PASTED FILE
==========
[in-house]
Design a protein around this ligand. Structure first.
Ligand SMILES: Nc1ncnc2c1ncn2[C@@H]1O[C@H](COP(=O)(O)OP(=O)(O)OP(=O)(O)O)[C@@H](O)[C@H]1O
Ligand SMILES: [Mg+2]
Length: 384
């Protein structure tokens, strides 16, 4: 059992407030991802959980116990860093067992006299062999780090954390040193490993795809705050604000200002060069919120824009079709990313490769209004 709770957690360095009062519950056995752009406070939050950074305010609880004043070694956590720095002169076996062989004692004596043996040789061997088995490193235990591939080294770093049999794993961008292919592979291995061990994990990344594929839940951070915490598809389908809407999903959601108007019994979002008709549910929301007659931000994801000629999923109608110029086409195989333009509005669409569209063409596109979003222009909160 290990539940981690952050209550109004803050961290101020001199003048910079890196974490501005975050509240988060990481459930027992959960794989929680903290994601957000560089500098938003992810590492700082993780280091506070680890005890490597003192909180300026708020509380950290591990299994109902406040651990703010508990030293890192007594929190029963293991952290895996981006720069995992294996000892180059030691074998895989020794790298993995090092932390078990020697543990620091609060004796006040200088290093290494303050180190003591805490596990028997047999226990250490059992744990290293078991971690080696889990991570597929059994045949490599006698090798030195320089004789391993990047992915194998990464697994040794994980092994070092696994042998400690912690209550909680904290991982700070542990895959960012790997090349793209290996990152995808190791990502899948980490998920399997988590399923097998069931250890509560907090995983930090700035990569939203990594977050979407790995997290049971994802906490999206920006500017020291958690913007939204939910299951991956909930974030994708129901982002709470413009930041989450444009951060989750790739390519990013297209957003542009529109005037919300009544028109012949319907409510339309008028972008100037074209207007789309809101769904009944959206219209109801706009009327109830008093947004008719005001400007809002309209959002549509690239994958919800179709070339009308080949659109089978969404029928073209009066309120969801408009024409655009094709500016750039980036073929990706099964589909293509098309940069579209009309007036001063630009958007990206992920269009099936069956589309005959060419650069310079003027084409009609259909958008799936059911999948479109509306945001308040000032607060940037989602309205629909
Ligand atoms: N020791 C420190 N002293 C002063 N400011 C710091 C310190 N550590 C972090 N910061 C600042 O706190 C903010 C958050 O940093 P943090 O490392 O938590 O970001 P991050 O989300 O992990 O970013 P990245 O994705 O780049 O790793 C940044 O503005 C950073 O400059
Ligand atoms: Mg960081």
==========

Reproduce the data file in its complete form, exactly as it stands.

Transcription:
[in-house]
Design a protein around this ligand. Structure first.
Ligand SMILES: Nc1ncnc2c1ncn2[C@@H]1O[C@H](COP(=O)(O)OP(=O)(O)OP(=O)(O)O)[C@@H](O)[C@H]1O
Ligand SMILES: [Mg+2]
Length: 384
């Protein structure tokens, strides 16, 4: 059992407030991802959980116990860093067992006299062999780090954390040193490993795809705050604000200002060069919120824009079709990313490769209004 709770957690360095009062519950056995752009406070939050950074305010609880004043070694956590720095002169076996062989004692004596043996040789061997088995490193235990591939080294770093049999794993961008292919592979291995061990994990990344594929839940951070915490598809389908809407999903959601108007019994979002008709549910929301007659931000994801000629999923109608110029086409195989333009509005669409569209063409596109979003222009909160 290990539940981690952050209550109004803050961290101020001199003048910079890196974490501005975050509240988060990481459930027992959960794989929680903290994601957000560089500098938003992810590492700082993780280091506070680890005890490597003192909180300026708020509380950290591990299994109902406040651990703010508990030293890192007594929190029963293991952290895996981006720069995992294996000892180059030691074998895989020794790298993995090092932390078990020697543990620091609060004796006040200088290093290494303050180190003591805490596990028997047999226990250490059992744990290293078991971690080696889990991570597929059994045949490599006698090798030195320089004789391993990047992915194998990464697994040794994980092994070092696994042998400690912690209550909680904290991982700070542990895959960012790997090349793209290996990152995808190791990502899948980490998920399997988590399923097998069931250890509560907090995983930090700035990569939203990594977050979407790995997290049971994802906490999206920006500017020291958690913007939204939910299951991956909930974030994708129901982002709470413009930041989450444009951060989750790739390519990013297209957003542009529109005037919300009544028109012949319907409510339309008028972008100037074209207007789309809101769904009944959206219209109801706009009327109830008093947004008719005001400007809002309209959002549509690239994958919800179709070339009308080949659109089978969404029928073209009066309120969801408009024409655009094709500016750039980036073929990706099964589909293509098309940069579209009309007036001063630009958007990206992920269009099936069956589309005959060419650069310079003027084409009609259909958008799936059911999948479109509306945001308040000032607060940037989602309205629909
Ligand atoms: N020791 C420190 N002293 C002063 N400011 C710091 C310190 N550590 C972090 N910061 C600042 O706190 C903010 C958050 O940093 P943090 O490392 O938590 O970001 P991050 O989300 O992990 O970013 P990245 O994705 O780049 O790793 C940044 O503005 C950073 O400059
Ligand atoms: Mg960081």